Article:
Earth Energy Reader (in The Shift Has Hit the Fan blog) shares an interesting comparison from Chris Hedges, on the similarities between mystics and rebels, and a few related musings.
In a time and culture of Spiritual Entertainment and commoditized, (sometimes referred to as) ‘plastic’ or faux surface-only spirituality, or spiritual bypass, it’s a good distinction to make.
But actual transformation, or transformed nonconformists as the Rev. Dr. Martin Luther King spoke of it (more on that below)? That’s a vital type of engaged spiritual or mystic activism, as it’s called.
It’s messy, though; gritty, difficult … inconvenient … so there’s a reason why it’s a more rare bird that flies in that direction.
Perhaps that’s why it’s a calling rather than a choice if you are so called; it’s a call you can’t ignore or hang up on when it gets inconvenient or downright ugly, and it definitely gets inconvenient and downright ugly at times.
As I think of several of my Mystic Heroes and Heroines along the way, I’m inclined to agree that yes, there are ways that true mystics — definitely outside the ‘normal’ of their (our) times — are like rebels. And vice versa, in the ways Chris Hedges describes.
If you follow the Mystic Breadcrumb trail, you’ll see what I mean (Thomas Merton, Julian of Norwich, and most assuredly Theresa of Avila … and others). Perhaps a followup post on those inspiring Mystic-Rebelles is in order, because they deserve it…okay, it’s on the writing list.
In the meanwhile, Earth Energy Reader’s post is a very worthy, and heart-and-thought-stirring, read.
It also reminds me of the Rev. Dr. Martin Luther King, Jr.’s evocative phrases: Creative Maladjustment and Transformed Nonconformists (I wrote about that here – definitely Mystic-Rebel goin’ on there, and very inspiring if you are one!).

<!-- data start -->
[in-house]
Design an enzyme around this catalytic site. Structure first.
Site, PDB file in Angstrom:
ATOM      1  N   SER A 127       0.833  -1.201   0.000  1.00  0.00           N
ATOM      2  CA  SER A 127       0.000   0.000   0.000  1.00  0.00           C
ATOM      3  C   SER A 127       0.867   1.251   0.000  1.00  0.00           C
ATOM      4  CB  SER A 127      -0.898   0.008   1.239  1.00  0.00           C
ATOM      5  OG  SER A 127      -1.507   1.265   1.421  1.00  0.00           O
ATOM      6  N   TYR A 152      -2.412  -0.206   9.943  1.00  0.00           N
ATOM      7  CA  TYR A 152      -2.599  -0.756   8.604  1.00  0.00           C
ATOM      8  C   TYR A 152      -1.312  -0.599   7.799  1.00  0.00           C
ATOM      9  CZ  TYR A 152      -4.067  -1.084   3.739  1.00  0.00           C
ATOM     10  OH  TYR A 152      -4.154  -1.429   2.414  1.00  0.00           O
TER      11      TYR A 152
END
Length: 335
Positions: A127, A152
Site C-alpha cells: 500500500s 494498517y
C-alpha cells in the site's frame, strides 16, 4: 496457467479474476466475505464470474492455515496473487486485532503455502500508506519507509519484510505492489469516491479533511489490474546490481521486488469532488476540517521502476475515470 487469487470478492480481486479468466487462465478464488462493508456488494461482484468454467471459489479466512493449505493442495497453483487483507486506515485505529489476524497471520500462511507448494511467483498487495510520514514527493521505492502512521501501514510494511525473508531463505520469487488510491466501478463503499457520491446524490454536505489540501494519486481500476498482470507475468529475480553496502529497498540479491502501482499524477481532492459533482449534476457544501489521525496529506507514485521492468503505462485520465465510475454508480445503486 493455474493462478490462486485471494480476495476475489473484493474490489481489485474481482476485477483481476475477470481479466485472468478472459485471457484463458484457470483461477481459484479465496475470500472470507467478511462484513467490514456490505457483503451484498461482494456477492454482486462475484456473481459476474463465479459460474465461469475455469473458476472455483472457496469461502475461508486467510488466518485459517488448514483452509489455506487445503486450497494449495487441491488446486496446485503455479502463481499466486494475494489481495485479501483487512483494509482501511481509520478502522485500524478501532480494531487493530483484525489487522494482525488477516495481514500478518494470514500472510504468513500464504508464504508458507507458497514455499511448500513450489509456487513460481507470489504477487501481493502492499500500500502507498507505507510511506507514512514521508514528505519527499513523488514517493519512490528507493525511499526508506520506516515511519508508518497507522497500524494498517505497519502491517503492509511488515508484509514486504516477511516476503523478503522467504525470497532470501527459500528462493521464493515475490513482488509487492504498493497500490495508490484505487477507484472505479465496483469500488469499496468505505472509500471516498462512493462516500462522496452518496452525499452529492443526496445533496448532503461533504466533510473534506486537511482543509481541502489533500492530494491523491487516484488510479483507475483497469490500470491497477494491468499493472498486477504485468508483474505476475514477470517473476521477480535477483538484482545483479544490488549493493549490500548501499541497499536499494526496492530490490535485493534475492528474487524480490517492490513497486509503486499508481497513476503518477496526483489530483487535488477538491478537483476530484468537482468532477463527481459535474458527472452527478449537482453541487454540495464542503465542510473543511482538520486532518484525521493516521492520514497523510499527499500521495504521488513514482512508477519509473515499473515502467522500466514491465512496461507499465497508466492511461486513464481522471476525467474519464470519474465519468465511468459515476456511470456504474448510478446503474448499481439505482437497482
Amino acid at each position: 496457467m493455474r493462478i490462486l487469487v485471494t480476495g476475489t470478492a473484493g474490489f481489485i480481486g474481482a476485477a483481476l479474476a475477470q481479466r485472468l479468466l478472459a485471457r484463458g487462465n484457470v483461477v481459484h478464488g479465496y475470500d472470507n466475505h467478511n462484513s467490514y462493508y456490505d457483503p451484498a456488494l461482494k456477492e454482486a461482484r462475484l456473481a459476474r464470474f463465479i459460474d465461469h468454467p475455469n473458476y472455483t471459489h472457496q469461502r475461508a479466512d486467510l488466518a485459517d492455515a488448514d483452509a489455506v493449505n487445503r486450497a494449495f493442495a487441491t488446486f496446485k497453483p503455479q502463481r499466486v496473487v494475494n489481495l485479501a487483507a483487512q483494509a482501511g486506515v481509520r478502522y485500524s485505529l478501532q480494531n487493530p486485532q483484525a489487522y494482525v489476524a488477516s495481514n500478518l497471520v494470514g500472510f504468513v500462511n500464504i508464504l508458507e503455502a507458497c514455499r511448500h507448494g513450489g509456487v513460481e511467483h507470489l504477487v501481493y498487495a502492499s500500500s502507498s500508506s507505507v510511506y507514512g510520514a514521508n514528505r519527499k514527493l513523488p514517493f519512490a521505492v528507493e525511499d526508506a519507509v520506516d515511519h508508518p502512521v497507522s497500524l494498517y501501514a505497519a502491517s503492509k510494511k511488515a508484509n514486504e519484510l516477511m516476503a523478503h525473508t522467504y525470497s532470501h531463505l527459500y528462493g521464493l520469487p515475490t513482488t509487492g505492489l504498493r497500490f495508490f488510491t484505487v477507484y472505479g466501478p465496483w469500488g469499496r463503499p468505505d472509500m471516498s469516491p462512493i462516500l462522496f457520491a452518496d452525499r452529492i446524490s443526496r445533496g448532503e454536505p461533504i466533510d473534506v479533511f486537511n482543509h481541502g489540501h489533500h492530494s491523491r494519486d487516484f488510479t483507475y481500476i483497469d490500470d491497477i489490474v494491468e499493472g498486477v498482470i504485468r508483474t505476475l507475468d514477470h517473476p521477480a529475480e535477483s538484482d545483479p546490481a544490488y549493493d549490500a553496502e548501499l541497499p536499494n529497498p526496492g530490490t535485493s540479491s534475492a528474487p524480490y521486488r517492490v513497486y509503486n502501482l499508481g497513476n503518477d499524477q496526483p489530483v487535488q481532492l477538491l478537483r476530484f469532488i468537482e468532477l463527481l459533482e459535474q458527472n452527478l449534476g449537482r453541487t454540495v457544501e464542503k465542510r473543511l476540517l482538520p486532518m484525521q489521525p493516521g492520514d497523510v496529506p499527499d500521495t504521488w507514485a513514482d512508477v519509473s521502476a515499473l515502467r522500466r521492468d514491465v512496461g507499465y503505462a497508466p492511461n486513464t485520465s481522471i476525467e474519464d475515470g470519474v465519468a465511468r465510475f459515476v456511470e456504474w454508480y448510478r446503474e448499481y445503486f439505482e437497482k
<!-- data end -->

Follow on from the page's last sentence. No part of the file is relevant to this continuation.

And a recent article sharing contemporary Mystic and Teacher, Llewellyn Vaughan-Lee’s recent interview in Parabola Magazine (scroll a few posts from the Sophia’s Children home page and you’ll see it).
Mystics. Rebels. Transformed Nonconformists. We have a theme brewing here …
“Rebels share much in common with religious mystics. They hold fast to a vision that often they alone can see. They view rebellion as a moral imperative, even as they concede that the hope of success is slim and at times impossible. Rebels, a number of whom I interviewed for this book, are men and women endowed with a particular obstinacy. Willing to accept deprivation and self-sacrifice, they are not overly concerned with defeat. They endure through a fierce independence and courage. Many, maybe most, have difficult and eccentric personalities. The best of them are driven by a profound empathy, even love, for the vulnerable, the persecuted and the weak….There is nothing rational about rebellion. To rebel against insurmountable odds is an act of faith, without which the rebel is doomed. This faith is intrinsic to the rebel the way caution and prudence are intrinsic to those who seek to…
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